job? Tailor your responses to answer
well those two questions and you will be
well on your way to landing the job if the
fit is right.
When being interviewed…
Maintain low peripheral movement
Try to keep your hands lower than your
elbows, rest them on the arms of the
chair or your thighs or make a low
steeple with the fingers of both hands.
Hold eye contact initially for five to 10
seconds, after that use it only
It is important that you introduce
yourself, shake hands, and be friendly.
The first question is often a "breaking
the ice" (establish a rapport) type of
How are you today?
Did you have any trouble finding us?
What do you think of the weather lately?
How are you today?
I'm fine thank you, and you?
I'm well thank you.
Not so well
Talking about your experience and
credentials (qualifications) is the most
important part of any job interview.
When preparing for your interview, go
back through your key achievements in
your career and find out what the
Remember that your education took
place in the past. Therefore you need to
use the past tenses, for example:
I attended the University of Helsinki from
1987 to 1993.
I graduated with a degree in agricultural
If you are currently a student you should
use the following present tenses:
I am currently studying at the University
of New York and will graduate with a
degree in Economics in the spring.
I am studying English at the Borough
Remember to include any training you
may have had when talking about your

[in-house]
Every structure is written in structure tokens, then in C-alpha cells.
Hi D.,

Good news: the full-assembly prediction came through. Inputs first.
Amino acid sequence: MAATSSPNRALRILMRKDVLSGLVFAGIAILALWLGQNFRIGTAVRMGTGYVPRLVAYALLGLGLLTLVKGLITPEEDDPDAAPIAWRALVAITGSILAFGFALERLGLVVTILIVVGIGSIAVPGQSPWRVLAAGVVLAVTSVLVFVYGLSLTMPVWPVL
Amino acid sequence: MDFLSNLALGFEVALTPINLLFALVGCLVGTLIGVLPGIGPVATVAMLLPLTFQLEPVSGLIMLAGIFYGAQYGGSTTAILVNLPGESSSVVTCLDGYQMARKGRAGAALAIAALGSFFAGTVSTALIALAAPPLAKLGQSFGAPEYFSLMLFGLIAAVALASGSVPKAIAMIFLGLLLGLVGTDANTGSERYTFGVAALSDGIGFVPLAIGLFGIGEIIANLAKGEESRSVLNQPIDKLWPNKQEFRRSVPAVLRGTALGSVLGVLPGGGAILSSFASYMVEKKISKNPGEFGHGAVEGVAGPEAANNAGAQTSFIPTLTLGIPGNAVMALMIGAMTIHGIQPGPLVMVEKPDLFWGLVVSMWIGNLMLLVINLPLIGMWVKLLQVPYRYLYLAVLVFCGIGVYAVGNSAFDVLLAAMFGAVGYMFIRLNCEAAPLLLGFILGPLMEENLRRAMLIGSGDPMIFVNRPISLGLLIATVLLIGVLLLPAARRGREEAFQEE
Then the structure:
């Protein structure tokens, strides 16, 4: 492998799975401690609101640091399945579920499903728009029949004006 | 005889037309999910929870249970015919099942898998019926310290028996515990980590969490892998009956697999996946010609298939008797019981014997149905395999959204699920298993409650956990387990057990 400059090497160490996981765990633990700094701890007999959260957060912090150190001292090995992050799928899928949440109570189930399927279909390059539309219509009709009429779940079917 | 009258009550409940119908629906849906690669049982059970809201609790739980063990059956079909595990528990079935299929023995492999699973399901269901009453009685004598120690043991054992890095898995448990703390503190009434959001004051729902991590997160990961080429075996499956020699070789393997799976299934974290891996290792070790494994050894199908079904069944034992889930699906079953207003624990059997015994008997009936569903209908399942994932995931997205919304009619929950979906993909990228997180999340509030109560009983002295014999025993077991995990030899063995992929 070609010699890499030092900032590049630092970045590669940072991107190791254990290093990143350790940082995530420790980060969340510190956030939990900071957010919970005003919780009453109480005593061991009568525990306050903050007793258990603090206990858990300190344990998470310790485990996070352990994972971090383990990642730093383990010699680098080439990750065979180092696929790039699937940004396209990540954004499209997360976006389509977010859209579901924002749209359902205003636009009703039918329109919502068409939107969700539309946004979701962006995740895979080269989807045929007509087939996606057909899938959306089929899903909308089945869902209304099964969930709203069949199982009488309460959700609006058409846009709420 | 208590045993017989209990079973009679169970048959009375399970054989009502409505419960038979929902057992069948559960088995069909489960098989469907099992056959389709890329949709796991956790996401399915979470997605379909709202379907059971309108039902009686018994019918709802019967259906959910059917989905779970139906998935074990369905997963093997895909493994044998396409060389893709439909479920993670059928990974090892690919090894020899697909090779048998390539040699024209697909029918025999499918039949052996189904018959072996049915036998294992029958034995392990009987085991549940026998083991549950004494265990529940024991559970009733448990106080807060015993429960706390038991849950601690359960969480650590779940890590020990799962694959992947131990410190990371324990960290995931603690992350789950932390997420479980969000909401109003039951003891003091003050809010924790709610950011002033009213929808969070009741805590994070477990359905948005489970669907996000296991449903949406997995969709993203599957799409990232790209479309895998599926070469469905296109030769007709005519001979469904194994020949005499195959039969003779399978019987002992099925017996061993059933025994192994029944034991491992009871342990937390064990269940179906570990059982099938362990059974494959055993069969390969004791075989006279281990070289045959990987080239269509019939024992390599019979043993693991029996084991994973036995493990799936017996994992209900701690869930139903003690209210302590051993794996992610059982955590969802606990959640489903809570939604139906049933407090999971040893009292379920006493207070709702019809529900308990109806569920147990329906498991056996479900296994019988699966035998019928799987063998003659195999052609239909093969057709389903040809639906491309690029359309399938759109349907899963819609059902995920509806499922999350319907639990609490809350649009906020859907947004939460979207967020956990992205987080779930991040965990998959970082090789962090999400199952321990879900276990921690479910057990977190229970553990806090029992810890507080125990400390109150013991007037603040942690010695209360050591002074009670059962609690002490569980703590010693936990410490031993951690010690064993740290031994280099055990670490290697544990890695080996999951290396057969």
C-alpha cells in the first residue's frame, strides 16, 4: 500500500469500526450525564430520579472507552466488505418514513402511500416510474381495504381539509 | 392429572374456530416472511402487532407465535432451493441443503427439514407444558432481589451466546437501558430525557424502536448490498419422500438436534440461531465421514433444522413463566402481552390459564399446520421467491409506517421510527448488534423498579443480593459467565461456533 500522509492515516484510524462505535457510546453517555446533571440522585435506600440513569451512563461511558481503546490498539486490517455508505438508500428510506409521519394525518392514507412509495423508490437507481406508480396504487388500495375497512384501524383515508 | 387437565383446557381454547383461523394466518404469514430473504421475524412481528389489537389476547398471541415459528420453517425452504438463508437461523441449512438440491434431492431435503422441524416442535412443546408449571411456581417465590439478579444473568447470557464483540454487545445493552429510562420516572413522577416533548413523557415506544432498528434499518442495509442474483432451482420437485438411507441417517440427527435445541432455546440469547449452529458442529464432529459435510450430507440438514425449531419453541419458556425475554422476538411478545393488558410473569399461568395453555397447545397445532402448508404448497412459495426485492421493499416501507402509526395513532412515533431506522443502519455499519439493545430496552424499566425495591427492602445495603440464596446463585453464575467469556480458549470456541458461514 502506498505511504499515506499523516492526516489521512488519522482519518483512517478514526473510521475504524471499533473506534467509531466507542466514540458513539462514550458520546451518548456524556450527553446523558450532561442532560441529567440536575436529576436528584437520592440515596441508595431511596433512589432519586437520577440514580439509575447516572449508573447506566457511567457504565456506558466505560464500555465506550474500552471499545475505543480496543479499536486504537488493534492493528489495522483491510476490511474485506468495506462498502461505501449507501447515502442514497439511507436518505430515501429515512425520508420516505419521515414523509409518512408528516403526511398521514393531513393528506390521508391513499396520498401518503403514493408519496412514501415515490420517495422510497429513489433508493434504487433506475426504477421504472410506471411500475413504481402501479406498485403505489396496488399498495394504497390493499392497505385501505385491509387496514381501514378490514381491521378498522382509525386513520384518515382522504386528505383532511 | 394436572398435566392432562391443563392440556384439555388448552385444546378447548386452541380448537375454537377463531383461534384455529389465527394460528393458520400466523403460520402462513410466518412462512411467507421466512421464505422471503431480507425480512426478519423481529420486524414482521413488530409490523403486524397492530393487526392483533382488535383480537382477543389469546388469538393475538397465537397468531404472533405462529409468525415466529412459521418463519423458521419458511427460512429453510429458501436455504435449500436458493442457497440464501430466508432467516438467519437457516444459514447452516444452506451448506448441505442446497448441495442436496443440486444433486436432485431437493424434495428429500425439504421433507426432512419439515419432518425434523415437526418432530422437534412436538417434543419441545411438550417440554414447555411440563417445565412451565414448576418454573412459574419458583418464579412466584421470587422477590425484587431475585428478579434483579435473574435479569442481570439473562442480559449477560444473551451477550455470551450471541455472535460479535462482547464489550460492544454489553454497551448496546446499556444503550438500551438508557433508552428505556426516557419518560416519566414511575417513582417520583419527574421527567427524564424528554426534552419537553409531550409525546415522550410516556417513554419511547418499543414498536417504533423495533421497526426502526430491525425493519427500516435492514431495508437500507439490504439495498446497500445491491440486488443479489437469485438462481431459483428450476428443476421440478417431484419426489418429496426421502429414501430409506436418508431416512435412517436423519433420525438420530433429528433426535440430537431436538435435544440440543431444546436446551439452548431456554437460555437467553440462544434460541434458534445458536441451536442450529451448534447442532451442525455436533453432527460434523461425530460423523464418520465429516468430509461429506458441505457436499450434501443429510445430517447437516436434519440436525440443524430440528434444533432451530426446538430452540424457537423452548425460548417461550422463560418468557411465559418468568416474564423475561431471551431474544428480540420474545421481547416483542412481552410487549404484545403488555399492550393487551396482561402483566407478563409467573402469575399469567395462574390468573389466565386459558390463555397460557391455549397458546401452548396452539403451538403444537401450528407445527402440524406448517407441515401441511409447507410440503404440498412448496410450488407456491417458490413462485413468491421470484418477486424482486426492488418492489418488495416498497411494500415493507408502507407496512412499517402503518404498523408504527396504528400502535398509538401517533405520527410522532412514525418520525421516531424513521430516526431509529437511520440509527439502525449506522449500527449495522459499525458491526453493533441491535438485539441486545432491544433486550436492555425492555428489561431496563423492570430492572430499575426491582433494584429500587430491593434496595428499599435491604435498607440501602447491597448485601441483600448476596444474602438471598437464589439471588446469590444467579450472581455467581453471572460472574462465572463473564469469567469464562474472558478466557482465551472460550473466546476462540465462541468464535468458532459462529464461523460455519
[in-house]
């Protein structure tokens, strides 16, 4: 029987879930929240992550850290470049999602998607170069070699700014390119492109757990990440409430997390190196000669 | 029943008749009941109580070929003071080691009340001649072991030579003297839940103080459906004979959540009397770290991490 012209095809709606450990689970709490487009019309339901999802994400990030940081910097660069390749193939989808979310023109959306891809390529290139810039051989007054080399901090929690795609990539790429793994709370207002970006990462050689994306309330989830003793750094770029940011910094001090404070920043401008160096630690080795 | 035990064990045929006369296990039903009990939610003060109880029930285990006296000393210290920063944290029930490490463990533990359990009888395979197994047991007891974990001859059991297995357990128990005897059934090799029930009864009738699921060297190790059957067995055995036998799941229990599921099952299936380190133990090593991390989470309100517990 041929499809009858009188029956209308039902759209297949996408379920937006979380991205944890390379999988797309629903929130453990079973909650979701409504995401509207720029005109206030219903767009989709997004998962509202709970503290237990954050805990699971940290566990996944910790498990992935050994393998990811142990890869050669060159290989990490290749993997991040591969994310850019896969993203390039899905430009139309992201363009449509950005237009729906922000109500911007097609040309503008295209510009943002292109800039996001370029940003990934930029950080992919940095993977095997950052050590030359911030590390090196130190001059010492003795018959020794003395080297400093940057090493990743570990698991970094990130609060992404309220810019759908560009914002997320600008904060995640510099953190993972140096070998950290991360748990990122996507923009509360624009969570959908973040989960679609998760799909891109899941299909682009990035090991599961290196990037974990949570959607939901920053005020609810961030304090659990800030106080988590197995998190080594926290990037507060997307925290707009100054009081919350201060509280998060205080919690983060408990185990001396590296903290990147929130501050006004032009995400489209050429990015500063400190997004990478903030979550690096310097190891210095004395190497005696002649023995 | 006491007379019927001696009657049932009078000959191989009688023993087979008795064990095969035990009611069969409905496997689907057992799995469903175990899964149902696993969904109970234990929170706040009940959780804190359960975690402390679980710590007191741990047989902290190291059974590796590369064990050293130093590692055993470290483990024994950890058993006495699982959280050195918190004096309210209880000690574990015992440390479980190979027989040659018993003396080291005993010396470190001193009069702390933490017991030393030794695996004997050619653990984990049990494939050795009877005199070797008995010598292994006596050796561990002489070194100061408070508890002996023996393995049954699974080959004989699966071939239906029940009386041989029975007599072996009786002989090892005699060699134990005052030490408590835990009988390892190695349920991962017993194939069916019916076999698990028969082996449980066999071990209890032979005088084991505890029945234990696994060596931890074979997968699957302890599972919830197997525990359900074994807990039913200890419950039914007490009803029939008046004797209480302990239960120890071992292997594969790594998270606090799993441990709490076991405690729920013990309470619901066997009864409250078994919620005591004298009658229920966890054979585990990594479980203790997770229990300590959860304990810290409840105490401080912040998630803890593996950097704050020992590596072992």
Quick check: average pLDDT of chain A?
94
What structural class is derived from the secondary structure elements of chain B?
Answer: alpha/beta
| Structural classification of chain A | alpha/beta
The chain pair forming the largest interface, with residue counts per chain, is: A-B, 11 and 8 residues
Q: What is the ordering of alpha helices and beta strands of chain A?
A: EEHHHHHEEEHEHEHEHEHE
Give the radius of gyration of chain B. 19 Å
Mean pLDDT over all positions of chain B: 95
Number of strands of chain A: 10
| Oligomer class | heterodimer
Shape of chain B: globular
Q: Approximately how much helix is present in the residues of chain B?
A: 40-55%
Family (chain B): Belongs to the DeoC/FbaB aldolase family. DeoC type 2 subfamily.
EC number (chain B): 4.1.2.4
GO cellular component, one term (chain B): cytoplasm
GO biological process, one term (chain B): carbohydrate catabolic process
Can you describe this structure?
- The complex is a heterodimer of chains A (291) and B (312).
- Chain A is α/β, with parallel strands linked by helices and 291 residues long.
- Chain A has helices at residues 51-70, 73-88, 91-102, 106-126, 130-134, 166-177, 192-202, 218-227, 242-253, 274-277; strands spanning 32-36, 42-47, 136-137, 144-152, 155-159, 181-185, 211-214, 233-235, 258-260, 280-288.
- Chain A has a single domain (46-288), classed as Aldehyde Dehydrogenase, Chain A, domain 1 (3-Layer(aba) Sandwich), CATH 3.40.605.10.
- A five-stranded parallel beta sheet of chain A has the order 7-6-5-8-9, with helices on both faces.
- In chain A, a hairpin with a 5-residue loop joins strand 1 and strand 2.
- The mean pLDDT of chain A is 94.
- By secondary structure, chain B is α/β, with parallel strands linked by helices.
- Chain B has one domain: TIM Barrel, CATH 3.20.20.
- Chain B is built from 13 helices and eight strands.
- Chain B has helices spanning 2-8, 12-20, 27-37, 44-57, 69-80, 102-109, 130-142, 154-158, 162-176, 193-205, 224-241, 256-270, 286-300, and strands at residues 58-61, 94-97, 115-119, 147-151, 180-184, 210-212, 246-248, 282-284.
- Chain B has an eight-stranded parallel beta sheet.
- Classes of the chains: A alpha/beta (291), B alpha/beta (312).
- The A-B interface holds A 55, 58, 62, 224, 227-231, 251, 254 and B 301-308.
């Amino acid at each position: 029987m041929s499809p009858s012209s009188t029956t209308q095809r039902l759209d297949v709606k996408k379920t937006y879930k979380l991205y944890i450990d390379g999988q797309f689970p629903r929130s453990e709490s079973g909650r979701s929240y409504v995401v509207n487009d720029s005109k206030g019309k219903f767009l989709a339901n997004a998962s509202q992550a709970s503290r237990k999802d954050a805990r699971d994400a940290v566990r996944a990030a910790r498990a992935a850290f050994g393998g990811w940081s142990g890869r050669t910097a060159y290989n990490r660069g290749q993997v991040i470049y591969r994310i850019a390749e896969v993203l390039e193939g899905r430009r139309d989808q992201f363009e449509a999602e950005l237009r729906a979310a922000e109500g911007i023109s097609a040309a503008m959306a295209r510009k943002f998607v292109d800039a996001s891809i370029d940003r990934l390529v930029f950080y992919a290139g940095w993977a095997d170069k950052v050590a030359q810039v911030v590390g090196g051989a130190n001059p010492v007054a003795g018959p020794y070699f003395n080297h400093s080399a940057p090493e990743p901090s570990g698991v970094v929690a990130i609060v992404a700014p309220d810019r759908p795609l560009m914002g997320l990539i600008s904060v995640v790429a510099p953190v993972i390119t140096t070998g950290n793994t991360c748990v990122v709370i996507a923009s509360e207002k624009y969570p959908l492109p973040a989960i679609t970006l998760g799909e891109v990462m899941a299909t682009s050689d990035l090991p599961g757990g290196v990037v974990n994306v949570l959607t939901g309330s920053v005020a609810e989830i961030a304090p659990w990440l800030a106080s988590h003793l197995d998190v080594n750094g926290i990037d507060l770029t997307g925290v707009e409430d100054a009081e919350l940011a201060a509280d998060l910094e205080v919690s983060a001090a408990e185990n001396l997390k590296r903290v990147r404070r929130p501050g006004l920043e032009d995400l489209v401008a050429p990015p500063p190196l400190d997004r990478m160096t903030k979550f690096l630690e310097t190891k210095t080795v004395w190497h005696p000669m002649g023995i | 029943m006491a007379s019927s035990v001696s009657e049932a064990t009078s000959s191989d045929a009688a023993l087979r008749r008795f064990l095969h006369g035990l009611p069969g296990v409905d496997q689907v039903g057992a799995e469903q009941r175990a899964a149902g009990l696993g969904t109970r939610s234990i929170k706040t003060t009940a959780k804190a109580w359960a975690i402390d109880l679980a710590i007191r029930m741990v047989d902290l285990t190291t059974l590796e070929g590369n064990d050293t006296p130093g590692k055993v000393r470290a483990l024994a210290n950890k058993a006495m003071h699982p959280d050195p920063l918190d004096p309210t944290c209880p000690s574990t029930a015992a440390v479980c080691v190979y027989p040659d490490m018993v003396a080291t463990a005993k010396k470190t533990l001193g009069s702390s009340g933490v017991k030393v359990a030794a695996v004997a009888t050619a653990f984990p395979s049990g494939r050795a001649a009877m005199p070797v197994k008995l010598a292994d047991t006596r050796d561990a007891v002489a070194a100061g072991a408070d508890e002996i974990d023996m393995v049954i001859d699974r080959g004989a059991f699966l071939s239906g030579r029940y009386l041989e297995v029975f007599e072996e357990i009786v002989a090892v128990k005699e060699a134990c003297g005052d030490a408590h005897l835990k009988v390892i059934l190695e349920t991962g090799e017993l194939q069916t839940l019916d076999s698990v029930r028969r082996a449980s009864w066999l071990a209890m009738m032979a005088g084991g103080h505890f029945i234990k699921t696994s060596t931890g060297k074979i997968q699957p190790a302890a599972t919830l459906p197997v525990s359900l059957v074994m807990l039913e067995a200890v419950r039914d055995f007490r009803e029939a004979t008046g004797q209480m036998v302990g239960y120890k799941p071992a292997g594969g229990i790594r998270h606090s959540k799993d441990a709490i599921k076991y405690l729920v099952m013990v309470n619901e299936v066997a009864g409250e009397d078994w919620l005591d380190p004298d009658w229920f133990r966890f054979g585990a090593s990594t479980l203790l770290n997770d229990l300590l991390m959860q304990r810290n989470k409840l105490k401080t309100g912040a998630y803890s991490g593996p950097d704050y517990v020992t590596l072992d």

When talking about current employment be
careful to use the present perfect or
present perfect continuous. This signals
that you are still performing these tasks at
your current job, for example:
Smith and Co. have employed me for the
last 3 years as a salesperson.
I have been creating customer contacts for
When talking about past employers use
the past tenses to signal that you are no
longer working for that company, for
I was employed by Jackson's from 1989
to 1992 as a clerk.
I worked as a receptionist at the Ritz
while I was living in New York.
Most importantly, you will need to
demonstrate your qualifications and
skills, which are required for the job you
are applying for. The job skills that you
have acquired in the past may not have
been for the same exact job.
Therefore, it is important to show how
the capabilities you do have relate to the
job you are applying for.
Consider getting a manicure
Wash your hands as close to interview
time as possible.
Carry a tissue in your pocket.
Offer your hand even if the interviewer doesn't offer
his or her hand first. You are the one trying to make
a good impression so feel free to initiate the
Use a firm handshake and adjust your grip to the
other person's hand. Don't squeeze the other
person's hand too tight but don't offer them a weak
or limp hand either.
Hold the handshake for 2 to 3 seconds making a
slight up and down pumping motion. Do not
exaggerate the pumping motion and avoid any
Smile and make eye contact as you shake hands.
Thank them for the interview personally
as you shake hands before you leave.
Oh.. Ah ah ah.. Tsk Tsk >.<
Avoid using a more personal two-
handed handshake, hug or other
gesture that could be misinterpreted in